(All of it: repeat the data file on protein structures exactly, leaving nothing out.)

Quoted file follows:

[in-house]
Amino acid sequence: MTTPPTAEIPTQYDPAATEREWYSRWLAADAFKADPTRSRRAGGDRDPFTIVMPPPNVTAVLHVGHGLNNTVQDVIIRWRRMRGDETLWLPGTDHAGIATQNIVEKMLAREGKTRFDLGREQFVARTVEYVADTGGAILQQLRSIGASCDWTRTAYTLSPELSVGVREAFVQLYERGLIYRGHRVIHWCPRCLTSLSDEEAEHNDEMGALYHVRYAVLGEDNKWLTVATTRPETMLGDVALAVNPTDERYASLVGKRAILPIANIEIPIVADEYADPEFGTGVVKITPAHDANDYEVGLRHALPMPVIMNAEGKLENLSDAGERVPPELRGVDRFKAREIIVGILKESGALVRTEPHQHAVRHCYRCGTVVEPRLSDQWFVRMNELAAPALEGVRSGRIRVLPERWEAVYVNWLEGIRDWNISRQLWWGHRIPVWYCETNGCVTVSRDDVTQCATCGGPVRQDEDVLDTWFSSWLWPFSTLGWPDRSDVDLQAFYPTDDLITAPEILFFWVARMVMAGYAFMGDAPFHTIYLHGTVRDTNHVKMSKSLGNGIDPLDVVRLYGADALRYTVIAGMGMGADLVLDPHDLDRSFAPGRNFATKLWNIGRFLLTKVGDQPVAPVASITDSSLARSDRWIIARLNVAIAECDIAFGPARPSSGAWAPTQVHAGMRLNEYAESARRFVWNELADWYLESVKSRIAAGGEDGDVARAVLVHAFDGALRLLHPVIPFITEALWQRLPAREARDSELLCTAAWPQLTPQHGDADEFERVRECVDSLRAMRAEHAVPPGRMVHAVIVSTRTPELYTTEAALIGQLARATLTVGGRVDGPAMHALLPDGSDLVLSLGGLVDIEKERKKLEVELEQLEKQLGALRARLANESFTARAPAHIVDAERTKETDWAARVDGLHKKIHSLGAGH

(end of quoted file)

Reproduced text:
[in-house]
Amino acid sequence: MTTPPTAEIPTQYDPAATEREWYSRWLAADAFKADPTRSRRAGGDRDPFTIVMPPPNVTAVLHVGHGLNNTVQDVIIRWRRMRGDETLWLPGTDHAGIATQNIVEKMLAREGKTRFDLGREQFVARTVEYVADTGGAILQQLRSIGASCDWTRTAYTLSPELSVGVREAFVQLYERGLIYRGHRVIHWCPRCLTSLSDEEAEHNDEMGALYHVRYAVLGEDNKWLTVATTRPETMLGDVALAVNPTDERYASLVGKRAILPIANIEIPIVADEYADPEFGTGVVKITPAHDANDYEVGLRHALPMPVIMNAEGKLENLSDAGERVPPELRGVDRFKAREIIVGILKESGALVRTEPHQHAVRHCYRCGTVVEPRLSDQWFVRMNELAAPALEGVRSGRIRVLPERWEAVYVNWLEGIRDWNISRQLWWGHRIPVWYCETNGCVTVSRDDVTQCATCGGPVRQDEDVLDTWFSSWLWPFSTLGWPDRSDVDLQAFYPTDDLITAPEILFFWVARMVMAGYAFMGDAPFHTIYLHGTVRDTNHVKMSKSLGNGIDPLDVVRLYGADALRYTVIAGMGMGADLVLDPHDLDRSFAPGRNFATKLWNIGRFLLTKVGDQPVAPVASITDSSLARSDRWIIARLNVAIAECDIAFGPARPSSGAWAPTQVHAGMRLNEYAESARRFVWNELADWYLESVKSRIAAGGEDGDVARAVLVHAFDGALRLLHPVIPFITEALWQRLPAREARDSELLCTAAWPQLTPQHGDADEFERVRECVDSLRAMRAEHAVPPGRMVHAVIVSTRTPELYTTEAALIGQLARATLTVGGRVDGPAMHALLPDGSDLVLSLGGLVDIEKERKKLEVELEQLEKQLGALRARLANESFTARAPAHIVDAERTKETDWAARVDGLHKKIHSLGAGH